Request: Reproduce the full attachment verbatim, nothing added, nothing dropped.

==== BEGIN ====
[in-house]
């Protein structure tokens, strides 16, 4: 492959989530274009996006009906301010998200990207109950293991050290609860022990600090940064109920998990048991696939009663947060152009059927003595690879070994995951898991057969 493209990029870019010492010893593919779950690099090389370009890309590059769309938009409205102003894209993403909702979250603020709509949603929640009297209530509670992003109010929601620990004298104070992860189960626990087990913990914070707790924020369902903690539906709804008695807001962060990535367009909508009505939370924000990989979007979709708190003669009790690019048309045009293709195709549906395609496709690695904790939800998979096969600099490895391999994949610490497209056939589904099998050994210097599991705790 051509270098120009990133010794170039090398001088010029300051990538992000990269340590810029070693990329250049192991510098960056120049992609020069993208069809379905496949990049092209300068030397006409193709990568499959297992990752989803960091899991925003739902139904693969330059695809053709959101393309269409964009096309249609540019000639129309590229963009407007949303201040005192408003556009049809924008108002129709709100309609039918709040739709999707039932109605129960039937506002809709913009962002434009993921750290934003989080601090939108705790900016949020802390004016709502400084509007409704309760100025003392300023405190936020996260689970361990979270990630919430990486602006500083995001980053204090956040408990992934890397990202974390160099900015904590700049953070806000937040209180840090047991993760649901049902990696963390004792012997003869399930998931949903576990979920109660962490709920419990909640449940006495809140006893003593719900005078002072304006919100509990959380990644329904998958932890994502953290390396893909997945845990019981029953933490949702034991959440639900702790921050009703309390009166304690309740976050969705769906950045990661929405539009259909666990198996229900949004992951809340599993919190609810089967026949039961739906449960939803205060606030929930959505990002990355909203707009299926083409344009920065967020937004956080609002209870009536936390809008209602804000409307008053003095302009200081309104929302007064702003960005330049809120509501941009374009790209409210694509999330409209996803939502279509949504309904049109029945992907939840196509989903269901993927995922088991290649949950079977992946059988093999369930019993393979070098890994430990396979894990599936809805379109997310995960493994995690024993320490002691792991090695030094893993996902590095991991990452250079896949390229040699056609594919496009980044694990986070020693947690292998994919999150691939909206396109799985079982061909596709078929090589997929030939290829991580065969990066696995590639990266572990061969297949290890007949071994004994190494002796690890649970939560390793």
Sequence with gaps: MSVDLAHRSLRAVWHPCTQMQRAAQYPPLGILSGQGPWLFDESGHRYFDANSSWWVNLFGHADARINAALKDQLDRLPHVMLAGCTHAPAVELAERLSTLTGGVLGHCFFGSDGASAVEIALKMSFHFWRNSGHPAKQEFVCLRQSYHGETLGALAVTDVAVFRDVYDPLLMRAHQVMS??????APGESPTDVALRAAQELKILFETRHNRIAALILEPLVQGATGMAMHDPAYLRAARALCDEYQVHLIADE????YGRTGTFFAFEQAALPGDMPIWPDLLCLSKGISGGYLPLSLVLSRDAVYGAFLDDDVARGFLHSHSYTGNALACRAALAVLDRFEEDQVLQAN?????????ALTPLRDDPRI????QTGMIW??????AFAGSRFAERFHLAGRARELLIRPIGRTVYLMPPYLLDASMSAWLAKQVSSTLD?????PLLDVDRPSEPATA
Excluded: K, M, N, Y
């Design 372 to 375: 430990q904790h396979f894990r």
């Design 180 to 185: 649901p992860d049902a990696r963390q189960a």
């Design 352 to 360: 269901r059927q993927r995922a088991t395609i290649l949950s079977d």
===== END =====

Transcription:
[in-house]
């Protein structure tokens, strides 16, 4: 492959989530274009996006009906301010998200990207109950293991050290609860022990600090940064109920998990048991696939009663947060152009059927003595690879070994995951898991057969 493209990029870019010492010893593919779950690099090389370009890309590059769309938009409205102003894209993403909702979250603020709509949603929640009297209530509670992003109010929601620990004298104070992860189960626990087990913990914070707790924020369902903690539906709804008695807001962060990535367009909508009505939370924000990989979007979709708190003669009790690019048309045009293709195709549906395609496709690695904790939800998979096969600099490895391999994949610490497209056939589904099998050994210097599991705790 051509270098120009990133010794170039090398001088010029300051990538992000990269340590810029070693990329250049192991510098960056120049992609020069993208069809379905496949990049092209300068030397006409193709990568499959297992990752989803960091899991925003739902139904693969330059695809053709959101393309269409964009096309249609540019000639129309590229963009407007949303201040005192408003556009049809924008108002129709709100309609039918709040739709999707039932109605129960039937506002809709913009962002434009993921750290934003989080601090939108705790900016949020802390004016709502400084509007409704309760100025003392300023405190936020996260689970361990979270990630919430990486602006500083995001980053204090956040408990992934890397990202974390160099900015904590700049953070806000937040209180840090047991993760649901049902990696963390004792012997003869399930998931949903576990979920109660962490709920419990909640449940006495809140006893003593719900005078002072304006919100509990959380990644329904998958932890994502953290390396893909997945845990019981029953933490949702034991959440639900702790921050009703309390009166304690309740976050969705769906950045990661929405539009259909666990198996229900949004992951809340599993919190609810089967026949039961739906449960939803205060606030929930959505990002990355909203707009299926083409344009920065967020937004956080609002209870009536936390809008209602804000409307008053003095302009200081309104929302007064702003960005330049809120509501941009374009790209409210694509999330409209996803939502279509949504309904049109029945992907939840196509989903269901993927995922088991290649949950079977992946059988093999369930019993393979070098890994430990396979894990599936809805379109997310995960493994995690024993320490002691792991090695030094893993996902590095991991990452250079896949390229040699056609594919496009980044694990986070020693947690292998994919999150691939909206396109799985079982061909596709078929090589997929030939290829991580065969990066696995590639990266572990061969297949290890007949071994004994190494002796690890649970939560390793």
Sequence with gaps: MSVDLAHRSLRAVWHPCTQMQRAAQYPPLGILSGQGPWLFDESGHRYFDANSSWWVNLFGHADARINAALKDQLDRLPHVMLAGCTHAPAVELAERLSTLTGGVLGHCFFGSDGASAVEIALKMSFHFWRNSGHPAKQEFVCLRQSYHGETLGALAVTDVAVFRDVYDPLLMRAHQVMS??????APGESPTDVALRAAQELKILFETRHNRIAALILEPLVQGATGMAMHDPAYLRAARALCDEYQVHLIADE????YGRTGTFFAFEQAALPGDMPIWPDLLCLSKGISGGYLPLSLVLSRDAVYGAFLDDDVARGFLHSHSYTGNALACRAALAVLDRFEEDQVLQAN?????????ALTPLRDDPRI????QTGMIW??????AFAGSRFAERFHLAGRARELLIRPIGRTVYLMPPYLLDASMSAWLAKQVSSTLD?????PLLDVDRPSEPATA
Excluded: K, M, N, Y
């Design 372 to 375: 430990q904790h396979f894990r």
């Design 180 to 185: 649901p992860d049902a990696r963390q189960a």
């Design 352 to 360: 269901r059927q993927r995922a088991t395609i290649l949950s079977d």